Financial literacy course coming to ISU newcomers in spring


Blake Lanser/Iowa State Daily

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Tristan Wade

The Cyclone CashCourse is coming to Iowa State in the 2018 spring semester for any student in their first academic year.

Iowa’s Board of Regents requested that Iowa State, University of Iowa, and the University of Northern Iowa each begin a financial literacy training program for students. Iowa State has taken up the request.

The course should lay a foundation of financial knowledge for students to build on.

“The ultimate goal is to increase students’ knowledge of financial matters, which will hopefully reduce their student loan borrowing,” said Jennifer Schroeder, program coordinator.

The program will be four to six weeks long and consist of four content modules, with a pre-test and a post-test. However, there won’t be any a grade given to students for this class.

“There will be analysis of the pre- and post- tests to see if students made an improvement over the course,” Schroeder said.

The content modules will cover budgeting, financial decisions, credit and financial aid.

Student’s performance on individual quizzes and tests within the course will not effect their results. Student’s can progress through the course at any pace within the period.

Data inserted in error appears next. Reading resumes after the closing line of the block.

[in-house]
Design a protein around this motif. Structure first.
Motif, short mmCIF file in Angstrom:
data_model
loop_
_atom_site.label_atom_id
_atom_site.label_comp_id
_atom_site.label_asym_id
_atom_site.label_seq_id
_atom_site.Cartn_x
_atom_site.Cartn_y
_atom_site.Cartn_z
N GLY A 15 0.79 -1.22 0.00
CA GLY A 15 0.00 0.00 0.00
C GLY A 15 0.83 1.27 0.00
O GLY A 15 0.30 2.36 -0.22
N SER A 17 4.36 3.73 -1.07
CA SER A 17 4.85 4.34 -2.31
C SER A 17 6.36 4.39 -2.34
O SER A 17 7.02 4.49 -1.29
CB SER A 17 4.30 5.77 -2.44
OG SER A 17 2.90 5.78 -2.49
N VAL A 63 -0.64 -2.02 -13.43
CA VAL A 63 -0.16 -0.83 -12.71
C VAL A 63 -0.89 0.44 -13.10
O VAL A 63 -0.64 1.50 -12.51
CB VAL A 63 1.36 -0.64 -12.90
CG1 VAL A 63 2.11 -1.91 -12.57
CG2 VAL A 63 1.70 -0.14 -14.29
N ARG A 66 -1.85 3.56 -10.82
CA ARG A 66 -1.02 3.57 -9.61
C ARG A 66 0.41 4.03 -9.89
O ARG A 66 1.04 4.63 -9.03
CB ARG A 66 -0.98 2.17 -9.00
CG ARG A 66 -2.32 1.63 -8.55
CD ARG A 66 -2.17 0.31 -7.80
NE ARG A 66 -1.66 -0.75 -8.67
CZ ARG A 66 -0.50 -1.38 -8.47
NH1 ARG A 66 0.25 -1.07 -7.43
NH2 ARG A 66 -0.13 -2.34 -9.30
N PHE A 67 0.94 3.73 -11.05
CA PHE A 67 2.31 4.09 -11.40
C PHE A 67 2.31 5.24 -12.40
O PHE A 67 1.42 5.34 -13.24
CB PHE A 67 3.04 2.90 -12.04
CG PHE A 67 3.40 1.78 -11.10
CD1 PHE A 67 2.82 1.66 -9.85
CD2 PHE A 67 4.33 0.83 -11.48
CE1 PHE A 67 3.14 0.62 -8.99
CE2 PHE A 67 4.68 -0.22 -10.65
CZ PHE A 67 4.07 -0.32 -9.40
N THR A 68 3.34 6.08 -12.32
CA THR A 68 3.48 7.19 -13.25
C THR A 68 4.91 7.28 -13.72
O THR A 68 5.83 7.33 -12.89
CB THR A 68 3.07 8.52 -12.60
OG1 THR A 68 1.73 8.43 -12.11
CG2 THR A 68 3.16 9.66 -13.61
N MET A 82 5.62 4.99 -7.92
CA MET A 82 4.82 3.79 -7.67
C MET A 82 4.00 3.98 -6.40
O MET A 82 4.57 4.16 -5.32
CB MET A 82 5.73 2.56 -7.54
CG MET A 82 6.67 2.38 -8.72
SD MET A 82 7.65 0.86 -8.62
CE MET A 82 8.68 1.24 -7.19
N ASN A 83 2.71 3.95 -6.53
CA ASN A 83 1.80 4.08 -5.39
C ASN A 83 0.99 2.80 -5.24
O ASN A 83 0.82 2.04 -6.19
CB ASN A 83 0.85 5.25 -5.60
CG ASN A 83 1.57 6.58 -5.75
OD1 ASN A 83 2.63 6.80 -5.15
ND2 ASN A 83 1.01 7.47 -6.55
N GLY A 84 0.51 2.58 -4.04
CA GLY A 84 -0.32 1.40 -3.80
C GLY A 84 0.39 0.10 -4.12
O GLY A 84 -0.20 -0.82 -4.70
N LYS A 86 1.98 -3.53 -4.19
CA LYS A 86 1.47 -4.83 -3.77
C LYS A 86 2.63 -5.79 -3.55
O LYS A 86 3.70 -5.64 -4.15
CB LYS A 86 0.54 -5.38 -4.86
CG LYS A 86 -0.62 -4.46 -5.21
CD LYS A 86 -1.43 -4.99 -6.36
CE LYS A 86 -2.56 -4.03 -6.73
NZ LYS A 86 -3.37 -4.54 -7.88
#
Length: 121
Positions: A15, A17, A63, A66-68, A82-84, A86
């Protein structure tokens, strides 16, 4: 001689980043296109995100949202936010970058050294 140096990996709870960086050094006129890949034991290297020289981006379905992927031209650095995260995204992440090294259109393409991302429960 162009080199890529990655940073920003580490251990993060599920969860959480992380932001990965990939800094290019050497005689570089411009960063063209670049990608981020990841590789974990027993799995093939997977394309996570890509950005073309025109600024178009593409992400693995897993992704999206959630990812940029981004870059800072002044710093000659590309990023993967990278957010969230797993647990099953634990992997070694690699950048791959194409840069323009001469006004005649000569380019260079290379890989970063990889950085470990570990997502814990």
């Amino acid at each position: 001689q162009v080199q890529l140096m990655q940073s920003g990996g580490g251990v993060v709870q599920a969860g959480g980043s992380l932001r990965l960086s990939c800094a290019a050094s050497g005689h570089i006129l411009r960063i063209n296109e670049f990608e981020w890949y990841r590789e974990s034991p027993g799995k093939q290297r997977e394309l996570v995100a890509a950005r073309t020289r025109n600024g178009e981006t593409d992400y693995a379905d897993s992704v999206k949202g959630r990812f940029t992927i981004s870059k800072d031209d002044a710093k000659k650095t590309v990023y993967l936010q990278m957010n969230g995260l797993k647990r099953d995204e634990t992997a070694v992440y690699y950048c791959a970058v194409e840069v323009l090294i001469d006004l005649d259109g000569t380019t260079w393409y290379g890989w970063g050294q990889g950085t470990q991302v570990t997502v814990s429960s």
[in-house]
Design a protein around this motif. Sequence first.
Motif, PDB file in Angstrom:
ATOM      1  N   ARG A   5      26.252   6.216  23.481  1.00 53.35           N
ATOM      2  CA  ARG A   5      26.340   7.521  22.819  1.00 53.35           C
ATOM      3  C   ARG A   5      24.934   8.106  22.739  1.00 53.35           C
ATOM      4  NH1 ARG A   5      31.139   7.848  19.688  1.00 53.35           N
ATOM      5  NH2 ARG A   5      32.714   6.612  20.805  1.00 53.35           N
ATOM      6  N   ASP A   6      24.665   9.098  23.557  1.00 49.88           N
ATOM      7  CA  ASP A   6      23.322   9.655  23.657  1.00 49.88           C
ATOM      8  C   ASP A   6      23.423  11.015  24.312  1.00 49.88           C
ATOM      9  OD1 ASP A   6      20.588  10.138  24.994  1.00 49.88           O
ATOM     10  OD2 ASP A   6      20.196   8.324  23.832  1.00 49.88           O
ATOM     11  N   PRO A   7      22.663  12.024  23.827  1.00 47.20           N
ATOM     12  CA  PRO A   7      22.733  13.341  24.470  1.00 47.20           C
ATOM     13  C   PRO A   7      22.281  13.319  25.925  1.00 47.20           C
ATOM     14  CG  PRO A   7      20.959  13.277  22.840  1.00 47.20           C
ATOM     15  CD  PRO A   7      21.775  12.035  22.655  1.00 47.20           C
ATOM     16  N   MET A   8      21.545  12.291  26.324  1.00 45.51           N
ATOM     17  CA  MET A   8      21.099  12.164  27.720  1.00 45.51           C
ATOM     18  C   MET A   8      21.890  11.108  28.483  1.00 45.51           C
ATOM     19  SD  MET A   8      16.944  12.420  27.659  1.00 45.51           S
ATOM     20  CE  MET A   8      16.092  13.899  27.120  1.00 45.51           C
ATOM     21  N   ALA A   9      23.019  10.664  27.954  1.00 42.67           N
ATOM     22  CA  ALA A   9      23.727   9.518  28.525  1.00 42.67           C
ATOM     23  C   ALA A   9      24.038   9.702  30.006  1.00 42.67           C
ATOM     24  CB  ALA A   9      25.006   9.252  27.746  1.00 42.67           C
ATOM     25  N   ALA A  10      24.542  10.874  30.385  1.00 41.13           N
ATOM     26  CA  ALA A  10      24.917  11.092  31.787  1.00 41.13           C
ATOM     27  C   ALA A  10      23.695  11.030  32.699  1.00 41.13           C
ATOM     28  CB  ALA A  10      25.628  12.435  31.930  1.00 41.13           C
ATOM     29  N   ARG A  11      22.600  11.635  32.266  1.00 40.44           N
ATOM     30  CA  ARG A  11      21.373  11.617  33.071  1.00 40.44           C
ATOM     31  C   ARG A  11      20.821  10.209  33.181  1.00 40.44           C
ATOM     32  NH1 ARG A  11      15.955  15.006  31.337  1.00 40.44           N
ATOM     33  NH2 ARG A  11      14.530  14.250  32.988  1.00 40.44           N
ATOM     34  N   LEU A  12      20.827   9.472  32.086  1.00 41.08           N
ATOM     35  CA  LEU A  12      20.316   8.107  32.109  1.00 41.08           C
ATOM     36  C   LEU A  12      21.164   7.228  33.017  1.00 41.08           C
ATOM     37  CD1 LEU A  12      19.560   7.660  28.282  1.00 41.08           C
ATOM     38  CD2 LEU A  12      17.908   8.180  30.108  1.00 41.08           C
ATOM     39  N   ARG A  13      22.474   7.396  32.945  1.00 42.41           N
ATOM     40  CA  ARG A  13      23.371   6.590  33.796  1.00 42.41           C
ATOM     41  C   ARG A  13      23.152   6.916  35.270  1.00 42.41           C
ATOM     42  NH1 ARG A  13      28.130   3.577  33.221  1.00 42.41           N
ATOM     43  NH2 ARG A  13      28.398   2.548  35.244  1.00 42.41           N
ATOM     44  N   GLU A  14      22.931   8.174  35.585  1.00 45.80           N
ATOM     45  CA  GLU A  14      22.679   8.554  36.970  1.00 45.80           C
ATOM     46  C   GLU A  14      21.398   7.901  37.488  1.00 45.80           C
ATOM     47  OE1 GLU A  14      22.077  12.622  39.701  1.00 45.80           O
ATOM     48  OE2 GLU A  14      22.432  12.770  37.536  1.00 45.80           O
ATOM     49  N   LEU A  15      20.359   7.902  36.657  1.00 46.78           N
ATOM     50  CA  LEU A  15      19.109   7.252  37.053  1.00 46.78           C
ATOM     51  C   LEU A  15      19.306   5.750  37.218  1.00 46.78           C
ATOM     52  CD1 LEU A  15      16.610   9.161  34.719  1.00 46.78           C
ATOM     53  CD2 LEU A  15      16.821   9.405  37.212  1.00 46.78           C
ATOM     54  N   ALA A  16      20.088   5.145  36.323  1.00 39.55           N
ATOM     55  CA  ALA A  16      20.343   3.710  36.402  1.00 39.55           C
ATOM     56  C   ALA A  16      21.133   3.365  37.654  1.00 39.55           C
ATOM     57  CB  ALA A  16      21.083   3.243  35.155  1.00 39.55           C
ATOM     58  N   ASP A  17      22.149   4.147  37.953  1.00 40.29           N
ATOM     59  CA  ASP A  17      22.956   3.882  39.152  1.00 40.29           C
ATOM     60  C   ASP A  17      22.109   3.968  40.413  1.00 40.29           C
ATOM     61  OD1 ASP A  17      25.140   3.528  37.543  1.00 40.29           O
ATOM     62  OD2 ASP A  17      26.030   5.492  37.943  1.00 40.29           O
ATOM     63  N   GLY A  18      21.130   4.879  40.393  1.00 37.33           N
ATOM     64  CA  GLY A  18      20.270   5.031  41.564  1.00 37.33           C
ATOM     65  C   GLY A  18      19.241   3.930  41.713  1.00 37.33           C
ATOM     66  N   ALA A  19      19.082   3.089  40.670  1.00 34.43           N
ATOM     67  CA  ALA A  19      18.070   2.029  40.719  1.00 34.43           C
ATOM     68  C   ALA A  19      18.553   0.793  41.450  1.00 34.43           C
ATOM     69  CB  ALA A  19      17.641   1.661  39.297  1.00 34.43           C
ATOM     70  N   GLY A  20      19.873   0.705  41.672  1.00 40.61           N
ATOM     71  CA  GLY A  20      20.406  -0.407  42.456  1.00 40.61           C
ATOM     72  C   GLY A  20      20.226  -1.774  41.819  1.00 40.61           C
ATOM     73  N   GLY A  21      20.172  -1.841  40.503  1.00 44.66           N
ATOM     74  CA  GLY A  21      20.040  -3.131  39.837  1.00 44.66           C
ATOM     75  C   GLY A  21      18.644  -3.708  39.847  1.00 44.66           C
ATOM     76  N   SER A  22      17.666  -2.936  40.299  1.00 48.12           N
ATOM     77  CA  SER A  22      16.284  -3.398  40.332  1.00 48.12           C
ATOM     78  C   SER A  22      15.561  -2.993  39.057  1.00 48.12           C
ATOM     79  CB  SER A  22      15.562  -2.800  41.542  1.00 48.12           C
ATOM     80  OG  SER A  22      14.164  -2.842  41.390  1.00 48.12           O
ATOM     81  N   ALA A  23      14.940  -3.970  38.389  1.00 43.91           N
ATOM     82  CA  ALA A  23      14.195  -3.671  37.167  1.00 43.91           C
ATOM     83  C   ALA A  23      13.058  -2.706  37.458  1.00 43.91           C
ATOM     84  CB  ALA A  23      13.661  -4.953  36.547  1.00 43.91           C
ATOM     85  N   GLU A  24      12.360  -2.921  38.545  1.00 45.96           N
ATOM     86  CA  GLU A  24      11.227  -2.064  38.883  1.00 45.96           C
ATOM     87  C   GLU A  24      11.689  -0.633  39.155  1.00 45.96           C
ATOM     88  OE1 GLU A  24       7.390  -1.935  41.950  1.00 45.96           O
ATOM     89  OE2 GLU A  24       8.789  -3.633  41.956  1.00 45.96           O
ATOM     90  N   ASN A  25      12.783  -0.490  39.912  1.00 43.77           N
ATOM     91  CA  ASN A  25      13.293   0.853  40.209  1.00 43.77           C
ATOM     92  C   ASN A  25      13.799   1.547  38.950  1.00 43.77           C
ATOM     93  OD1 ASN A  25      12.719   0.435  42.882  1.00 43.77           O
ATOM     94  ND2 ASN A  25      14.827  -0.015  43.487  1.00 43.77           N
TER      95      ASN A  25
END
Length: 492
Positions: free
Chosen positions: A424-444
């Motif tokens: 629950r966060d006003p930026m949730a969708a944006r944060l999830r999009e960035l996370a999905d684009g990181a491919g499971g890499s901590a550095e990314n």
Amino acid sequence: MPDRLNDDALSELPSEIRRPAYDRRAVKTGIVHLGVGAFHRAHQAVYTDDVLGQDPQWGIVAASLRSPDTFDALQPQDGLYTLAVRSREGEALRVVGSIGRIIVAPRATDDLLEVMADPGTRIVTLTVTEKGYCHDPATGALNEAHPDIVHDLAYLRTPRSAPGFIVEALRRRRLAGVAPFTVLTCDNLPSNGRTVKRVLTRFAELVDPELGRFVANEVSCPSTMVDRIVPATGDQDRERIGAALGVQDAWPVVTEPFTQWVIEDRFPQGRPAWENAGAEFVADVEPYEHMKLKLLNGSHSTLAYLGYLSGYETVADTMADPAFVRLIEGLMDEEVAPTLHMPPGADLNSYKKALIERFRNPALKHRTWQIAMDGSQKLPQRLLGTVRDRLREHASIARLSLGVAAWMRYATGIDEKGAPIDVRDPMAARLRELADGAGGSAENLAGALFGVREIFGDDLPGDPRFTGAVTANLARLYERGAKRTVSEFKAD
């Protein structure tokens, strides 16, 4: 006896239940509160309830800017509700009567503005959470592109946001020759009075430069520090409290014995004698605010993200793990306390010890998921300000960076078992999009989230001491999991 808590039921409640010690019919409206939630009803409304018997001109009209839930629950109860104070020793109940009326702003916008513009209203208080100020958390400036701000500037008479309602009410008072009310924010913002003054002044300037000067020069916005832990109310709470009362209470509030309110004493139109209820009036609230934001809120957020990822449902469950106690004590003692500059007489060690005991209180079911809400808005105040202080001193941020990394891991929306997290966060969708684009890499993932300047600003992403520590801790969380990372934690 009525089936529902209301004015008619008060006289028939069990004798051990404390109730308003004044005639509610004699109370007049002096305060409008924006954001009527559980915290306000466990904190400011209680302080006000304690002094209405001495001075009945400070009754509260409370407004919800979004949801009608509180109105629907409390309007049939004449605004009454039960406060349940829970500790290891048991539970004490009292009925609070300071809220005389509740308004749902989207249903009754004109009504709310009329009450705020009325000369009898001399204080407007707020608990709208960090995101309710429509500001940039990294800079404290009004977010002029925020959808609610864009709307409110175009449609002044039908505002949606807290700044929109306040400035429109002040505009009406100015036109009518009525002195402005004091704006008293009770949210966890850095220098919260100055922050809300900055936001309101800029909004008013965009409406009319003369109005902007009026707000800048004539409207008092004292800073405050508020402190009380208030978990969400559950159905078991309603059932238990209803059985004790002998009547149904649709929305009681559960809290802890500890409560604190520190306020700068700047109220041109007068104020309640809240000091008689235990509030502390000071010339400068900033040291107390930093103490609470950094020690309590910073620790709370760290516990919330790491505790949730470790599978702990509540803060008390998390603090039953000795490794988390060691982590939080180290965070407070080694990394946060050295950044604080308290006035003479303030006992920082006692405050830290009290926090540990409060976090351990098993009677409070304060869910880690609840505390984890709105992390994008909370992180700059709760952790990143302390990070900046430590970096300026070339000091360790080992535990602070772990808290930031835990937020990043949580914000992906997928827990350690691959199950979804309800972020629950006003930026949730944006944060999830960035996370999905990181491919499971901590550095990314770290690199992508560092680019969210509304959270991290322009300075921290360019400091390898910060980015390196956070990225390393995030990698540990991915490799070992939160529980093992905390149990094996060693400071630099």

Iowa State ran a pilot of this program in the fall of 2016 and, after feedback from students, finalized the program that will begin this spring.

Northern Iowa and Iowa’s programs will contain the same content as ISU’s but are each beginning this fall. Schroeder said Iowa State’s decision to wait until spring was a conscious one.

“We chose the spring so that the new students aren’t overwhelmed and can’t give it the attention it deserves,” Schroeder said.

The course will occur each spring semester for Iowa State newcomers in the future.

Cyclone CashCourse is going to be within Canvas, the learning management system replacing Blackboard Learn in the spring, for all students required to take it.

Schroeder said this was a decision that was made after input from students.

Eliminating as much student debt as they can is what Schroeder hopes can come from the course after successful implementation.

“I want students to feel empowered to take charge of their money, comfortable asking questions and to take a hard look at their own financials,” Schroeder said.